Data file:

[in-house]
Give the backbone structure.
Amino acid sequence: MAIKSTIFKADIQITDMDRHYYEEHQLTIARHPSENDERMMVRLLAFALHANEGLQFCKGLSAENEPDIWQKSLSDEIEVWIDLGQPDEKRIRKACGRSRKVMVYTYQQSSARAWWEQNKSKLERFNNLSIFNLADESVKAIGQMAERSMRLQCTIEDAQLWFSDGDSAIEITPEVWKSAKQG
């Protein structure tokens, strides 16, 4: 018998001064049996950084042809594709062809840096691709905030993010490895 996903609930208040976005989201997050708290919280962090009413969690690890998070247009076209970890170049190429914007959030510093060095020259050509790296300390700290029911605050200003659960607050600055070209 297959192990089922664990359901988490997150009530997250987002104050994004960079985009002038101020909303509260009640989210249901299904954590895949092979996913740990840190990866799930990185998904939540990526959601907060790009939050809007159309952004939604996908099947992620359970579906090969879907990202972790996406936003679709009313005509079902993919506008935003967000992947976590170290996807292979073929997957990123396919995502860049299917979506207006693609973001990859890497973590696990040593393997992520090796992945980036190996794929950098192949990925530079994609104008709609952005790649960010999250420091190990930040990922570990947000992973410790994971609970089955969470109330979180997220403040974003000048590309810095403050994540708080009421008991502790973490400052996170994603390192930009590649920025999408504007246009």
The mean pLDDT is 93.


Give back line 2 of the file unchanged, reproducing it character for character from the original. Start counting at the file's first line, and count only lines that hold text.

Give the backbone structure.